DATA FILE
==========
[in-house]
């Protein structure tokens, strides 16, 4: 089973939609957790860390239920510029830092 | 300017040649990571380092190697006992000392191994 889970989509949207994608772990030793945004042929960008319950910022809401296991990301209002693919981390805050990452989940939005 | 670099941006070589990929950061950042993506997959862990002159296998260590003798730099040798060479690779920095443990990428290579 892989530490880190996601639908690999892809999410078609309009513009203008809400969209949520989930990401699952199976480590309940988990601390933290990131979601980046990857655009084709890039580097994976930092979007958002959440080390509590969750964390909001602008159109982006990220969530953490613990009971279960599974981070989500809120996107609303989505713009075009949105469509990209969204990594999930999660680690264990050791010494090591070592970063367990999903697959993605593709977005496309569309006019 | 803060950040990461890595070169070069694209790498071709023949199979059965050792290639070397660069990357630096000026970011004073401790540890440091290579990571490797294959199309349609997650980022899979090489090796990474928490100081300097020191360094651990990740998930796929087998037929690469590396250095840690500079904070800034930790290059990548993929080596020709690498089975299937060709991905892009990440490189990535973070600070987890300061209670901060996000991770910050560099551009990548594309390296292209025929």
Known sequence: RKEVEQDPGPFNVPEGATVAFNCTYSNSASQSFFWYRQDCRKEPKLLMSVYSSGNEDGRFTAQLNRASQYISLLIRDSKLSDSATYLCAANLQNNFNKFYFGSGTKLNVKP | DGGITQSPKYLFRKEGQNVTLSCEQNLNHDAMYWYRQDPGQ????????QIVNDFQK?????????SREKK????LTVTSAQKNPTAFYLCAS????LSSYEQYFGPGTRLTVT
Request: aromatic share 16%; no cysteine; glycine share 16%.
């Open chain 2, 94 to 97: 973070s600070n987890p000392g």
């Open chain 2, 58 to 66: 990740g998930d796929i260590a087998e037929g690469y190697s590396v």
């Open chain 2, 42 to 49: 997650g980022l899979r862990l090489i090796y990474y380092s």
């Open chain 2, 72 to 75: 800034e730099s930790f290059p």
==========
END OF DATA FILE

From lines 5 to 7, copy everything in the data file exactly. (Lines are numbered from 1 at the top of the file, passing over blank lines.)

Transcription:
């Open chain 2, 94 to 97: 973070s600070n987890p000392g």
């Open chain 2, 58 to 66: 990740g998930d796929i260590a087998e037929g690469y190697s590396v």
């Open chain 2, 42 to 49: 997650g980022l899979r862990l090489i090796y990474y380092s």